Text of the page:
It's a bit slow, and the score is disappointingly average, but I can't deny this films atmosphere is astounding. It's such a haunting film, with unbelievable production values way ahead of their time. Yes, some scenes are laughable, and no it isn't the masterpiece it's often made out to be, but it stood up well to the test of time and is a more than worthy watch. Hell, it bests the vast majority of modern horrors with ease.
Rated 27 Feb 2015
15
5th
This has not aged well.
Rated 04 Jul 2012
90
91st
Impressive visuals make for an interesting take on the vampire legend. I'll see this again.
Rated 01 Nov 2011
75
57th
Dude looks freaky.
Rated 13 Jun 2010
92
96th
Fantastic movie! Even though it's so old, the directing quality is outstanding for that time. Sometimes very creepy and there are some memorable scenes. Just fantastic
Rated 19 Jun 2010
85
52nd
No denying the importance of this film, but there is no denying the incredibly poor pacing of nosferatu either, at times it feels like scenes have been added just because they could. While i feel the film is not dark enough to really create a creepy atmosphere. Max schreck is fantastic as count orloc and is is absolutly the reason to watch this film.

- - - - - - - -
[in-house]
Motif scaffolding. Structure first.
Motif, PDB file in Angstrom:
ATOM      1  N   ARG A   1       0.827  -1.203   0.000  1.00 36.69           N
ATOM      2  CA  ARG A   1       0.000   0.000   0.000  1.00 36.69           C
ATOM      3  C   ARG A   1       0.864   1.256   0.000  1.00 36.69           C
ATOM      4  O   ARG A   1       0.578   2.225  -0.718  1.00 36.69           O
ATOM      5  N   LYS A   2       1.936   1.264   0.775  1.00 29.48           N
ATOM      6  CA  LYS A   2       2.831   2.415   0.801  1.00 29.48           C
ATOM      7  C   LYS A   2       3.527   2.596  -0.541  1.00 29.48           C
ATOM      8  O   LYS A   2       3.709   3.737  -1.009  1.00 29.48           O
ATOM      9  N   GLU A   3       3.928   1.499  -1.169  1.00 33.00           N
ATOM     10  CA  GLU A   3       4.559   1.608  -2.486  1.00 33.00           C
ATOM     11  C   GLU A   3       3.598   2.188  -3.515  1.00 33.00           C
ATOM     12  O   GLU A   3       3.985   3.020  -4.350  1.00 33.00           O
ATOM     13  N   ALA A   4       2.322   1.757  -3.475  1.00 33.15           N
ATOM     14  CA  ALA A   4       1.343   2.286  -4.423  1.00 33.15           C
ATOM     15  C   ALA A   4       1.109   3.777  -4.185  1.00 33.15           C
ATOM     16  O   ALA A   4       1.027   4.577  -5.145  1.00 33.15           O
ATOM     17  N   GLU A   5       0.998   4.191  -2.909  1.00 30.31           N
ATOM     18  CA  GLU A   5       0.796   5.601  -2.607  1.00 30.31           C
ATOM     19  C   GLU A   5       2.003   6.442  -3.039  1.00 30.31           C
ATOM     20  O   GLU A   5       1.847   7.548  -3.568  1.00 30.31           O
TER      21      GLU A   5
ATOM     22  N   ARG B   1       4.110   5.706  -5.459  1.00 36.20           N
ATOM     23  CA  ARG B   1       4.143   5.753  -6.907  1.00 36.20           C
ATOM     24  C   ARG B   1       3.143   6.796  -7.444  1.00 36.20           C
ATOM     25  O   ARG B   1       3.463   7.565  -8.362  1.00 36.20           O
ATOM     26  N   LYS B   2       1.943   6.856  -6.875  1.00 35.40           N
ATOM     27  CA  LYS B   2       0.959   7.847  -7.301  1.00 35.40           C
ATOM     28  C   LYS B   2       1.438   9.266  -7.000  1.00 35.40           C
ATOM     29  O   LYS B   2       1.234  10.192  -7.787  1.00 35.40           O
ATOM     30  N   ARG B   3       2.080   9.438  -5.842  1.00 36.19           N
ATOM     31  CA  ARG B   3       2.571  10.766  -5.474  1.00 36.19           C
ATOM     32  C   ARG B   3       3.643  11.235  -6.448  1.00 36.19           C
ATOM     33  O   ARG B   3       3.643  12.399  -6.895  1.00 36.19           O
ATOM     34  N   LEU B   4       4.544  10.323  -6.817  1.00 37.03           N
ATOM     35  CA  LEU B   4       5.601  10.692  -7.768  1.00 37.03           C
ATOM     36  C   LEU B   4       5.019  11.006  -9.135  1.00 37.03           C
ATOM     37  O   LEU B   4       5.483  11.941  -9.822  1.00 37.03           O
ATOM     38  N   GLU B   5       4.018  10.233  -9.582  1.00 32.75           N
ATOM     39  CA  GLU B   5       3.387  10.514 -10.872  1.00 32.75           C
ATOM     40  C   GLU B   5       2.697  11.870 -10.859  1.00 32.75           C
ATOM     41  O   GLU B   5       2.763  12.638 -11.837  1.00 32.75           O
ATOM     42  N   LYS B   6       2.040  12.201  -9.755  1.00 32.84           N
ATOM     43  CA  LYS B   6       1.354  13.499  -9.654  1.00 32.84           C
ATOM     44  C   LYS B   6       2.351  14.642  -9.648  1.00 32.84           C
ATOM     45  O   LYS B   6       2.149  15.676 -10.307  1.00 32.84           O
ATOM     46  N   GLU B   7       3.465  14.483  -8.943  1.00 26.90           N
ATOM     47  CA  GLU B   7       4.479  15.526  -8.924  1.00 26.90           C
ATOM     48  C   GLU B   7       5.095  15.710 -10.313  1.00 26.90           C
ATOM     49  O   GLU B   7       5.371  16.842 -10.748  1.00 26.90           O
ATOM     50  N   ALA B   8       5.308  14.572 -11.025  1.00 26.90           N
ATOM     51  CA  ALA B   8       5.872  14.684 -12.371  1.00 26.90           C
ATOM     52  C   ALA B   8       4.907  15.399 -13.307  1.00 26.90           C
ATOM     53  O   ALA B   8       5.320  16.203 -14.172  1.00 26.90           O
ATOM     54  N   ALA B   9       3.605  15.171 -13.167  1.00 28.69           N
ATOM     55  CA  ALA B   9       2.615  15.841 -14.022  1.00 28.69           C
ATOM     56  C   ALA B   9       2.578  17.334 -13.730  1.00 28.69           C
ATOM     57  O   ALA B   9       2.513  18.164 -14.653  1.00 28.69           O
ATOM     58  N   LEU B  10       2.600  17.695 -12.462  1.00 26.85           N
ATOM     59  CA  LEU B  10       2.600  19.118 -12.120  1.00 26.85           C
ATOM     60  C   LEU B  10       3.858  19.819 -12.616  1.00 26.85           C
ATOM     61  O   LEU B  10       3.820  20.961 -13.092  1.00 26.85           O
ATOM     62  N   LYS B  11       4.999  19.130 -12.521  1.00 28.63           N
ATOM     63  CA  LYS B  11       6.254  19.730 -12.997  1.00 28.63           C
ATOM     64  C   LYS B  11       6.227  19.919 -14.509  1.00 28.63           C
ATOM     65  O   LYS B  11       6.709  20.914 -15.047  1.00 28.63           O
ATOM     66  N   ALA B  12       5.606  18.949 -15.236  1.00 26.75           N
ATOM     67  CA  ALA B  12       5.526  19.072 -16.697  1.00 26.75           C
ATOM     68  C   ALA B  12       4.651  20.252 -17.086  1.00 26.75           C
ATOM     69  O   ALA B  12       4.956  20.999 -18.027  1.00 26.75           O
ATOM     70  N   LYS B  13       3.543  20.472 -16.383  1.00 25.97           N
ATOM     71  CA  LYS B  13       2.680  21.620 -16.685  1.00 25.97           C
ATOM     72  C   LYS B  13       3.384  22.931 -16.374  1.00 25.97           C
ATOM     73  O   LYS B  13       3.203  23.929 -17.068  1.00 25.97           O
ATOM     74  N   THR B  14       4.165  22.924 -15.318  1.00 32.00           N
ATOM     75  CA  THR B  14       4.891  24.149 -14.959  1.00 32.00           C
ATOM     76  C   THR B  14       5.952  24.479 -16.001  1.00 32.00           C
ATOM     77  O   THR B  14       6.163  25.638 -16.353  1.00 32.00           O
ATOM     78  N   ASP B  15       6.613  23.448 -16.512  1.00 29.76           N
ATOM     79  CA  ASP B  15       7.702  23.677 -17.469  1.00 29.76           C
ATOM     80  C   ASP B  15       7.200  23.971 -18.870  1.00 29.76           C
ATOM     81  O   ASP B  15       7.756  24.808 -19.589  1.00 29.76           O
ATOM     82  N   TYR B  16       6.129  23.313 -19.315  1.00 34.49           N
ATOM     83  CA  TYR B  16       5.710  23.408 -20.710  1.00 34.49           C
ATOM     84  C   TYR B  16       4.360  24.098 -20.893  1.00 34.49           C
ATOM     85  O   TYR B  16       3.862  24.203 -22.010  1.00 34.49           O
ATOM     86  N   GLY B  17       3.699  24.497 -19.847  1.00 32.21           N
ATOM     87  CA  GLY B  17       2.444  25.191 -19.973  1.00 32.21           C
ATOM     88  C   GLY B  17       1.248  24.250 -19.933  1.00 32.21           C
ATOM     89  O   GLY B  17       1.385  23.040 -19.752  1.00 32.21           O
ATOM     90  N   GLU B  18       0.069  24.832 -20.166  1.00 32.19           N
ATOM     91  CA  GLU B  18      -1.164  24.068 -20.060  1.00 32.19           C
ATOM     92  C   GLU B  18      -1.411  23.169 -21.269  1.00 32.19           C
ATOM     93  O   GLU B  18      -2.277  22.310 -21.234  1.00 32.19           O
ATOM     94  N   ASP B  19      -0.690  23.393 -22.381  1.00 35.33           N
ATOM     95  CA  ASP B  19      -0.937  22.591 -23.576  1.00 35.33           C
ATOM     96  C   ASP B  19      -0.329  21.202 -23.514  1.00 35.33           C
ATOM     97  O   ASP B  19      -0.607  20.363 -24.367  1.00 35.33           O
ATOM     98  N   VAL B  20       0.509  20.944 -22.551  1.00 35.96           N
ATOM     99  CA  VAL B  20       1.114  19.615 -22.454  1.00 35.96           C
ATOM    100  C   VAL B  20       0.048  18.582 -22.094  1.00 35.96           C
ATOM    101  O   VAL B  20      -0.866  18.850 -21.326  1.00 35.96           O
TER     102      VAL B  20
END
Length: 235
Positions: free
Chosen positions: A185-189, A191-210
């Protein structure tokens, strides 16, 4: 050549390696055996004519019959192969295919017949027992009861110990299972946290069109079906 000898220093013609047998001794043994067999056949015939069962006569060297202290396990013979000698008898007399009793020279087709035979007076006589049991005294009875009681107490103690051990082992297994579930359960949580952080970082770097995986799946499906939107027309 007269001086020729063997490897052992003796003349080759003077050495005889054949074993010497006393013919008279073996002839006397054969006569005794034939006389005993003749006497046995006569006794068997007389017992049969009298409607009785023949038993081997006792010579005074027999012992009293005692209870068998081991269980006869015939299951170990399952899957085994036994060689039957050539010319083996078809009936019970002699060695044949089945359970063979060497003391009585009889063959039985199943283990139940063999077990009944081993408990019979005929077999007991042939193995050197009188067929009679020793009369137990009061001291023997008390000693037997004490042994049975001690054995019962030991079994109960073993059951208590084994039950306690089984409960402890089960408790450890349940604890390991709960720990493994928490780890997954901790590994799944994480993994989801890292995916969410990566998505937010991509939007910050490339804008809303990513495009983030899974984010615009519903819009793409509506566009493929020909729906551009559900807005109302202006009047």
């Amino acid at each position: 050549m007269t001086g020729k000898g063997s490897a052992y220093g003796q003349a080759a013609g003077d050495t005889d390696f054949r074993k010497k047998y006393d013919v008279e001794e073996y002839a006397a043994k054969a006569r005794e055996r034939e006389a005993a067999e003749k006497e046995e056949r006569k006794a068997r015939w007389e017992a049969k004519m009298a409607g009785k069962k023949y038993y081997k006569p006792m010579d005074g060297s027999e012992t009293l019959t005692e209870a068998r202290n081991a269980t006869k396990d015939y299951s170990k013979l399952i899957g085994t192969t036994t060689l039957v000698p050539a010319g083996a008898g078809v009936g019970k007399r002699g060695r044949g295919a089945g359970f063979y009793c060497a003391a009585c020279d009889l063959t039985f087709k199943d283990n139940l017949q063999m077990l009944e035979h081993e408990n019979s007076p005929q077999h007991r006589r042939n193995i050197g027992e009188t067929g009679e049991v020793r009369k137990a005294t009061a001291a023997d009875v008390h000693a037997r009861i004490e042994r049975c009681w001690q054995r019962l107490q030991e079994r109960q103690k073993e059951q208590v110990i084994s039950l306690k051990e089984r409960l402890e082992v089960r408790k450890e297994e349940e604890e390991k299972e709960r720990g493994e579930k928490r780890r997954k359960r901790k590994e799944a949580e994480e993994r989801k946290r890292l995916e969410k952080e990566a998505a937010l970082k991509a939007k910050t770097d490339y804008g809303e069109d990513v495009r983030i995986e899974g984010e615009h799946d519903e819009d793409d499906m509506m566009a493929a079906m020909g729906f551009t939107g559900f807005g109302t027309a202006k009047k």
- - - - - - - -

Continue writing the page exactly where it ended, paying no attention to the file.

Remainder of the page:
Rated 25 Jul 2010
96
91st
Would you call it the greatest vampire film ever? Possibly
Rated 22 Feb 2013
84
91st
I'm not really fond of the book, which was kind of boring. The movie itself also has some boring parts, mainly when Orlok is not in the scene, but the overall creepiness, great camerawork and atmosphere more than make up for it.
Rated 15 Feb 2012
77
75th
i was spooked out of my pants
Rated 21 Oct 2010
10
98th
Many 'moderners' suggest that this film is dated, and down-right 'cheesy' almost 90 years after the fact. But, to be quite frank, I've rarely seen films that are this hypnotic, mystifying, foreboding and morbid all in one. It's an exemplary example of cinema, and an artefact that that has much beauty and value all these years later.
Rated 13 Dec 2010
40
97th
"Watching Nosferatu is like standing in the same room as death itself." - Rob Humanick
Rated 21 Jul 2014
13
13th
This is another film that is considered a classic. You see all the elements of modern vampire stories in this film including special effects like super fast speed. Nonetheless, by modern standards this film falls short of entertaining. Billed as a symphony of horror, it should evoke some fear in the viewer. The only fear I experienced was the fear of falling asleep during the movie, that's how engaging it was. I cannot recommend it outside of a film history class.